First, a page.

[0031] Figure 1C shows the cross section of a pipeline embodiment 150 for safely transporting a hazardous fluids such as metal carbonyls. Iron and nickel carbonyls, which are poisonous substances can be transported as a liquid at one temperature and upon heating become gaseous. Illustratively nickel carbonyl (Ni(CO) 4 ) is liquid below about 42.2°C (108°F).and is gaseous at higher temperatures, having a critical temperature of 193°C (380°F). Passageway 152 provides smooth flow for gaseous nickel carbonyl, which is maintained at temperatures above 43.3°C (110°F) by maintenance of its starting temperature with one or more internal heaters 166 and/or layers of insulation 154 including a controlled pressure of an insulating gas such as argon or sulfur hexafluoride that is contained in the annular space between outer pipe 158 and inner pipe 148 at a pressure exceeding the pressure within channel 152. Probes 162 and 164 continuously monitor the chemical, thermal, and physical conditions of the insulating gas and the nickel carbonyl flowing through conduit 152 and microprocessor 160 provides temperature control and trend analysis of chemical identifications and physical conditions in conduit 152 and gaseous insulating space 156. Conduit 149 is maintained isolated from potential corrosion and safe from tensile forces by compressive forces exerted by pressurized insulating and isolating gas contained in space 156. As shown in Figure 1 D, information from 160 is provided to system controller 166 by wire, wireless radio frequency, optical, or other methods to enable the contents of passageway to be quickly delivered to a burner 170 for fail-safe combustion (Ni(CO) 4 + 20 2 -> Ni + 4CO2 + Δ) if an incipient containment failure of conduit 149 is indicated. Upon such fail-safe occasions the contents of conduit 149 are emptied into conduit 180 through louvers 188 (shown in Figure 1 D) in one or more strategically placed burners 170 and conduit 149 is purged with hot air from an air heater application of burner 170 while maintaining an oxidizing combustion .in other emergency burners 170 with a fuel such as hydrogen which is maintained at pressure in line 1 8 (shown in Figure 1D).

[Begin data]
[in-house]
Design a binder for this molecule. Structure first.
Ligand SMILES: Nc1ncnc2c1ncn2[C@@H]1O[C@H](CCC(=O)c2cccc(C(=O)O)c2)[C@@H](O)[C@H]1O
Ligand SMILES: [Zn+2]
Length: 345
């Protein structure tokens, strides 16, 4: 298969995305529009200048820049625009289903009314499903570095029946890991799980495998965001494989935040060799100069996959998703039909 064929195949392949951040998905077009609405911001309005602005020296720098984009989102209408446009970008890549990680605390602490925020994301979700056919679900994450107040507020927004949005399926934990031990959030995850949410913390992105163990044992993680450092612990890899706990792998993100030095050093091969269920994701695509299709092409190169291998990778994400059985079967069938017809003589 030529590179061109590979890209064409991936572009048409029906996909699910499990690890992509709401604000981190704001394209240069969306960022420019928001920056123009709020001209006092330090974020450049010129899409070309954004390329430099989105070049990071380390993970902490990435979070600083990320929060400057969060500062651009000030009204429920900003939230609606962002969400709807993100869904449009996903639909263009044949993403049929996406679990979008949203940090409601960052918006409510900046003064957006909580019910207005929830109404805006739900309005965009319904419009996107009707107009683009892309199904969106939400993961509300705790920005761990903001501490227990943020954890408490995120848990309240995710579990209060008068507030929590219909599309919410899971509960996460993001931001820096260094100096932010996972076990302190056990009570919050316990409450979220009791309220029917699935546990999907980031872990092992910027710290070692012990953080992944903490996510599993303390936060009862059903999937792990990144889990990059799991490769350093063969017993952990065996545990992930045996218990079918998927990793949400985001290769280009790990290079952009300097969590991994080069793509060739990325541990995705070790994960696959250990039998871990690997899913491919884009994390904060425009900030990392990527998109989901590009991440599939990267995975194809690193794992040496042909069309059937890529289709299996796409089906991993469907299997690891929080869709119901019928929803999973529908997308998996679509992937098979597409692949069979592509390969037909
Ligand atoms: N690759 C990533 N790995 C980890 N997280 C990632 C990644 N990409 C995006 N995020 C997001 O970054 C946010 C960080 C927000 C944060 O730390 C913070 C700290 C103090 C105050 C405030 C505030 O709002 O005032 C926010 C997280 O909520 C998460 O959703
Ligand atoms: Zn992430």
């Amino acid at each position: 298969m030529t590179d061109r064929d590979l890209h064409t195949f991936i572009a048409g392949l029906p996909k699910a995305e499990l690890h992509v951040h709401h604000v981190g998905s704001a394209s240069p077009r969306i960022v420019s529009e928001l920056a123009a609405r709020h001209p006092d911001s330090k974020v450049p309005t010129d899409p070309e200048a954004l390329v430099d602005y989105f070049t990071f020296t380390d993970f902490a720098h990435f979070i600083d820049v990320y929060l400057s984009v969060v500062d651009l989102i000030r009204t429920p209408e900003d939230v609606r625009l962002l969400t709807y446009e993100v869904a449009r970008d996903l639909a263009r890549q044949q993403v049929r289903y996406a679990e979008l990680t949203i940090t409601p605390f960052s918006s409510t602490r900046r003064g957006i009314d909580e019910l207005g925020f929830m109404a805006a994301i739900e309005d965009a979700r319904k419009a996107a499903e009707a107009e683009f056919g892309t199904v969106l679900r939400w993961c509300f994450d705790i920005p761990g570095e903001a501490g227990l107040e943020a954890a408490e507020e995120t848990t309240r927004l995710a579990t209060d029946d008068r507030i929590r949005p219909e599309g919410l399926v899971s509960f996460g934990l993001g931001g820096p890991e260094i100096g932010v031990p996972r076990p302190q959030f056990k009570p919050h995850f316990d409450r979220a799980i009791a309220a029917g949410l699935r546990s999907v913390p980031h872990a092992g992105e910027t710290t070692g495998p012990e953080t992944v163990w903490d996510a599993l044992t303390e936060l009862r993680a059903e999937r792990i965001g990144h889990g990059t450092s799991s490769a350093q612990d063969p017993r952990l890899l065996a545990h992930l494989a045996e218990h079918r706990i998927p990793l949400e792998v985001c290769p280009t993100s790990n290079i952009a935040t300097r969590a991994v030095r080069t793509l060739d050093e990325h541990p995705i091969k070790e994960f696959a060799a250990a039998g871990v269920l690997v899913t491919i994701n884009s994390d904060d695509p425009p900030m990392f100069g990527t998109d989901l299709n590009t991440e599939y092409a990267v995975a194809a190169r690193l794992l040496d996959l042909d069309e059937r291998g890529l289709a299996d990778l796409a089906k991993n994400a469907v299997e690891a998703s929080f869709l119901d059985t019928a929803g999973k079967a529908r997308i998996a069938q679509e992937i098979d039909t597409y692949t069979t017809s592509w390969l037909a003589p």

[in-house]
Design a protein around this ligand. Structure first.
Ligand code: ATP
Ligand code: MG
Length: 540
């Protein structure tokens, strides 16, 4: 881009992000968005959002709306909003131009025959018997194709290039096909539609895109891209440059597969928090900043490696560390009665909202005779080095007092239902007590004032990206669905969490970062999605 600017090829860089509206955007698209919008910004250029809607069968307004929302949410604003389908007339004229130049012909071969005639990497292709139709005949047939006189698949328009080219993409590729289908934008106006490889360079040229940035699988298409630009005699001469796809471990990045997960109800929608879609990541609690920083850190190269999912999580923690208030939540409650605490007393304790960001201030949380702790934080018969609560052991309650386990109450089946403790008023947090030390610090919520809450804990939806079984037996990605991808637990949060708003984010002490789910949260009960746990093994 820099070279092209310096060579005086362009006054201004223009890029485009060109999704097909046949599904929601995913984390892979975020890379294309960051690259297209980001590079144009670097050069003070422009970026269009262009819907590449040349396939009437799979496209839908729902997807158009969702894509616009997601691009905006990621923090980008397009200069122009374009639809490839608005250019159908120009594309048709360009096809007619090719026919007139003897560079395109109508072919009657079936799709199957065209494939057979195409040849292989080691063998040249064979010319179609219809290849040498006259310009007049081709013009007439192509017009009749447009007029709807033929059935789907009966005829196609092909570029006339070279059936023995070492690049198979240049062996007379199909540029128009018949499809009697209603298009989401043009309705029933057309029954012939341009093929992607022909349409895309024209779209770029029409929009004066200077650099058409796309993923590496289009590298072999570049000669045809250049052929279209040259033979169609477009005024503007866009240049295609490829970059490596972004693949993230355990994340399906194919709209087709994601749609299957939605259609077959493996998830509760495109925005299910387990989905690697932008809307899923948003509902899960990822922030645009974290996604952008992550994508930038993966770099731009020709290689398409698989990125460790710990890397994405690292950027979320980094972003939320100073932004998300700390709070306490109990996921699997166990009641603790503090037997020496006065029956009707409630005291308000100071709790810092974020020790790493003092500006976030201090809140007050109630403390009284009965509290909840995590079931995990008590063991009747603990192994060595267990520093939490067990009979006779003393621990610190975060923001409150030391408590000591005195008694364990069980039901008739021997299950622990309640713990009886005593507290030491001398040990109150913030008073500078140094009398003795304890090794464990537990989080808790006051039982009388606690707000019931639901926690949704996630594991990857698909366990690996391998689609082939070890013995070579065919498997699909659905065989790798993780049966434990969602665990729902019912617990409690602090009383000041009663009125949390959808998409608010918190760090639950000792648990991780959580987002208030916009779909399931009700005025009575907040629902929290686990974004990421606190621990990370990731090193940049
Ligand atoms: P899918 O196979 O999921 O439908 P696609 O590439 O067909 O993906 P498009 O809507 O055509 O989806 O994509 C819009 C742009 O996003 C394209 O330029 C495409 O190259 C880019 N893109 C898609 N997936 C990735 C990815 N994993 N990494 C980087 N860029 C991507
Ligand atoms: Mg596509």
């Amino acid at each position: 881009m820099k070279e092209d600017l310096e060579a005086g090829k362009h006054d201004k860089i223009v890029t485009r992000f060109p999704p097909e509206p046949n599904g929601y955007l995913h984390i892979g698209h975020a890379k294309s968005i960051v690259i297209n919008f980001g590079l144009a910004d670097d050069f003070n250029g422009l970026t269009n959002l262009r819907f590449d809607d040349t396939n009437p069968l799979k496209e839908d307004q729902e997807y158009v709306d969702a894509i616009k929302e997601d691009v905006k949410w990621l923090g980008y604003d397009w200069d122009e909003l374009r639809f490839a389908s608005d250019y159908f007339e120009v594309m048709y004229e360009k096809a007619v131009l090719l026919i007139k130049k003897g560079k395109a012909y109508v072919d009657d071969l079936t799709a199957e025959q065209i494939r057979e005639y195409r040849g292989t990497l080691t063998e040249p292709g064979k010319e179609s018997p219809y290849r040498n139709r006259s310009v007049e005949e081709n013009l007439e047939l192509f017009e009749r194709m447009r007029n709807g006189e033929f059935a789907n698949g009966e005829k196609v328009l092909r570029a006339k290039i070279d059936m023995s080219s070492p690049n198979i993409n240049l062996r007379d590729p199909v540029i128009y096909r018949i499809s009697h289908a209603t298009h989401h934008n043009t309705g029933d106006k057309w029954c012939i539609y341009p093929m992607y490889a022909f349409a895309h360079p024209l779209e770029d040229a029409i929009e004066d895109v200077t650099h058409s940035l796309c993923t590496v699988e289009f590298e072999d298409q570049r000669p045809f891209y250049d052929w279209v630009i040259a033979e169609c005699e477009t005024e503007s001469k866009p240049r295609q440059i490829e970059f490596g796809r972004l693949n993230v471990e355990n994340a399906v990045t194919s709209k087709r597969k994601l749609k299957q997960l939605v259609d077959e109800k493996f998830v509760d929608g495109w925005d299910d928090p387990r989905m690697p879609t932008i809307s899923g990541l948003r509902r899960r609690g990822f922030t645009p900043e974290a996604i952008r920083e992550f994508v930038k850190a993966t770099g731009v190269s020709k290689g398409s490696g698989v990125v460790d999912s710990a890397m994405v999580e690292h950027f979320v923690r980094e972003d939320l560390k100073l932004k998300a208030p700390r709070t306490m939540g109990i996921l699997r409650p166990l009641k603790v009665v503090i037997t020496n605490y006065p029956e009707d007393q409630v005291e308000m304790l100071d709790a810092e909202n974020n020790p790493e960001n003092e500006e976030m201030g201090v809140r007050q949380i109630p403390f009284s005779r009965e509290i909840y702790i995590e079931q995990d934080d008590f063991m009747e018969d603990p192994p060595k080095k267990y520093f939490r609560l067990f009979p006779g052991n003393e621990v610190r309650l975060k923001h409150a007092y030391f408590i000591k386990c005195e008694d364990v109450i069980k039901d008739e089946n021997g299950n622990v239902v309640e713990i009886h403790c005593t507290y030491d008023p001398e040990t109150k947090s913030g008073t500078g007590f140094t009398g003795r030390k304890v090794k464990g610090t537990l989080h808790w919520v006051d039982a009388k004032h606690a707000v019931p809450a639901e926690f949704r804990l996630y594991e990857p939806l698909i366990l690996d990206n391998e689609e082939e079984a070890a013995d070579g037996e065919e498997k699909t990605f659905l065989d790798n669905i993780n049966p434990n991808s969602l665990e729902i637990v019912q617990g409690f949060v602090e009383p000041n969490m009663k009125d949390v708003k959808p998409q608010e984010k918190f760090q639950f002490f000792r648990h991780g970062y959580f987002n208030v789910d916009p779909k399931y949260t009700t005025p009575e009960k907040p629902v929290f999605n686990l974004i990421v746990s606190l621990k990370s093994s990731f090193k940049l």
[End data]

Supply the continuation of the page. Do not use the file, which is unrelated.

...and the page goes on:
[0032] Figure 1 D shows in operation air delivery by fan 182 and/or the draft produced by pressurized delivery by combined fuel injection of hydrogen and plasma ignition that may be separately provided or combined by a device that integrates fuel delivery and ignition functions. Hydrogen provided through solenoid valve 176 for continuous combustion 186 provides assured combustion of nickel carbonyl in surplus air that is drawn into the combustion zone 186 and/or forced by fan 182 through louvers 184. This assures that the gases exiting emergency burner 170 are surplus hot air along with water vapor and carbon dioxide until all traces of nickel carbonyl are purged from conduit 149.